MELISSA BLOCK, HOST:
We've been covering stories about race and policing, stories inspired by a recent speech by FBI Director James Comey. He talked about the danger of mental shortcuts that lead to biased policing. The Justice Department is now encouraging departments to implement anti-bias training, especially in departments that are already under scrutiny. But as NPR's Martin Kaste reports, this kind of training isn't always welcomed, especially by the officers.
MARTIN KASTE, BYLINE: The police department in the Seattle suburb of Kent, Wash., has just embarked on a training program called Fair and Impartial Policing.
LORIE FRIDELL: When is it OK to use race, ethnicity, religion, gender to make law enforcement decisions and when is it not OK?
KASTE: Lorie Fridell strides around the room, clicking through PowerPoint slides as she goes. Fridell is a criminology professor and one of the most well-known figures in this field. She runs a business giving these seminars to police departments, and lately, business is booming.
FRIDELL: I mean, the demand for Fair and Impartial Policing started to increase in 2013, really on a geometric trajectory in 2014, and then with Ferguson, absolutely, we're getting a lot more requests.
KASTE: Fridell's program tries to teach police officers to recognize their own implicit biases - that is, the biases that they don't realize they have. They do role-playing - simulated police calls in which the officers jump to the wrong conclusions about who the real troublemakers are.
FRIDELL: The message is, policing based on stereotypes and biases can be ineffective. The other parts of our mantra is, policing based on stereotypes is unsafe and it's also unjust.
KASTE: But does this kind of training really work? Can you change the way a cop thinks about the world with role-playing sessions?
ROBERT HOLLIS: I just really think that they're dumb.
KASTE: This is Kent Police Sgt. Robert Hollis. He hasn't done Fridell's program yet, but as he sits in a coffee shop on his day off, he recalls all the other diversity training that he's gone through over the years.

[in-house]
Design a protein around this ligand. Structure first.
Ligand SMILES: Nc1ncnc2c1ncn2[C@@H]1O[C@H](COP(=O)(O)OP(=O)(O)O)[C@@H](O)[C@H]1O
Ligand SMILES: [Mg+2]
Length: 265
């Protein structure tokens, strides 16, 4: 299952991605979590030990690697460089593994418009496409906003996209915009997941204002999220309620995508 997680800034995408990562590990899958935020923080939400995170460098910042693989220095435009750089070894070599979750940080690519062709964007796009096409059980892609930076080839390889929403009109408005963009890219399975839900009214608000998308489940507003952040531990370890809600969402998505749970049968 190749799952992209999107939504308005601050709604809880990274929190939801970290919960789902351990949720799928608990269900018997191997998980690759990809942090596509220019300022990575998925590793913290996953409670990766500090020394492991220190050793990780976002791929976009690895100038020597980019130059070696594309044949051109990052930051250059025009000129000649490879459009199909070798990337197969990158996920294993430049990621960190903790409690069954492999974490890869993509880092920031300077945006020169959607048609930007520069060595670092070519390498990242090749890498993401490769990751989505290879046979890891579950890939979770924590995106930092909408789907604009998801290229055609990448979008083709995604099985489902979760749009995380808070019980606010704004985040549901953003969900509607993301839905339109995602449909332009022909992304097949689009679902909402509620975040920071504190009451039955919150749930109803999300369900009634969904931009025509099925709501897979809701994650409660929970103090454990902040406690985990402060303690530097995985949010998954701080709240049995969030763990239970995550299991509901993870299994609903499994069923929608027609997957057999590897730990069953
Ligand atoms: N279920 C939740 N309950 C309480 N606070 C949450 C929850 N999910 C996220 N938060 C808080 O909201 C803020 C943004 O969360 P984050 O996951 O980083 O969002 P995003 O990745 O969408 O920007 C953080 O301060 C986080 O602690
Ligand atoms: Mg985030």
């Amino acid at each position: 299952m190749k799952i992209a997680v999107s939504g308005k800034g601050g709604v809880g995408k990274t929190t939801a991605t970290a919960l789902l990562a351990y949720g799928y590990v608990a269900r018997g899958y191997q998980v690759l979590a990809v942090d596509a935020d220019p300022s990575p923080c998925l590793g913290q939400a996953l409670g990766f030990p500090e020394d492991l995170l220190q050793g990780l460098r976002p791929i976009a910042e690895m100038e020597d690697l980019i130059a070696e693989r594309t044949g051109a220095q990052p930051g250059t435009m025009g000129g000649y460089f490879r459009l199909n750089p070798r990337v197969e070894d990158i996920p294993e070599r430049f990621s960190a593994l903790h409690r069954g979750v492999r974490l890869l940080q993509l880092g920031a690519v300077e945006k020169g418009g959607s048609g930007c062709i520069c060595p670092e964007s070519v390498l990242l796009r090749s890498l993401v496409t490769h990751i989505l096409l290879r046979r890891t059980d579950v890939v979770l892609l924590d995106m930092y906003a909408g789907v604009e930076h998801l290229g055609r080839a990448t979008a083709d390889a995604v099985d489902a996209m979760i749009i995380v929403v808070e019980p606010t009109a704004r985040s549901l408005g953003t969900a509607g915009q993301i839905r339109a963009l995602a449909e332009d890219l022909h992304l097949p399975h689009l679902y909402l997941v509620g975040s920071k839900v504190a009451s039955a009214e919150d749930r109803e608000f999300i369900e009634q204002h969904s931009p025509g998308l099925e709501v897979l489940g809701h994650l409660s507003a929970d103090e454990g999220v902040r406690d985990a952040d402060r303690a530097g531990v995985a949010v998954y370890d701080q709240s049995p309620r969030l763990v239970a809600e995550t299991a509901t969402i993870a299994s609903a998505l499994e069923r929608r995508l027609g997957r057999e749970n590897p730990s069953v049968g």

HOLLIS: Role-play away, I'll jump through the hoops if that's what you want me to do. But, you know, I would much rather be out there on the street trying to police and trying to protect the community that I work for.
KASTE: He thinks these programs tend to be political, mostly about community relations. He says racial bias exists and should be avoided, but people also have to be realistic about how policing works, especially for someone like him, who works patrol on the graveyard shift.
HOLLIS: We need some biases in this line of work, number one, just to keep us alive. And sometimes those biases means putting people in particular boxes and everything like that to try and figure out, all right, well, what do I have here? It doesn't mean that I go and pull my firearm out. And I'm looking at the whole situation as opposed to just the person on the street.
KASTE: And in case you're wondering, Sgt. Hollis is black. But what he was talking about there - about how a cop might suspect someone based on a bias but then steps back and makes sure he gets the full picture - that echoes some interesting research on this topic at the University of Colorado.
JOSHUA CORRELL: My name is Joshua Correll, and I study racial bias, particularly racial bias in the way we perceive threats.
KASTE: In his research, Correll has people play a shoot/don't-shoot video game to measure their bias. And make no mistake, he says, bias is real.
CORRELL: Oh my gosh, absolutely. The pattern of bias is very robust and very prevalent. People are much more likely to shoot a black target than a white target, regardless of what he's holding, and they're much faster to shoot an armed black target than they are to shoot an armed white target.
KASTE: But he says police officers are a little different. They still display bias, but when they're experienced police, they seem better able to compensate somehow.
CORRELL: They hesitate for a second when it's a black guy with a cellphone, but then they ultimately say, no, no don't shoot. He's got a cellphone.
KASTE: Correll credits police training for this - technical training, not racial bias training. Would bias training also help? He says there's a chance it might actually backfire.
CORRELL: There are a number of very compelling studies that show that if you just ask somebody to try really hard to not show racial bias, you can actually inadvertently increase racial bias.
KASTE: He says there just hasn't been enough research yet to really judge the long-term effects of bias training on police. But the pressure for the training is growing. Leaders of minority communities are impatient for change, and for good reasons, says Edward Donalson III. He's the pastor of a black church in Kent, and he says police bias is a constant problem.
EDWARD DONALSON III: We've had members of our congregation stopped on their way to church and treated poorly. I've been on the phone with members who have set the phone in the car while they had encounters with the police so that they would have a witness.
KASTE: But Donalson praises the police for setting up this anti-bias training. He calls it an excellent start. And that might be the most immediate benefit of the training. It's a kind of civic insurance policy. The police chief in Kent is Ken Thomas, and he says the fact that this training happened should make things easier the next time one of his officers is involved in a controversial shooting. Martin Kaste, NPR News.
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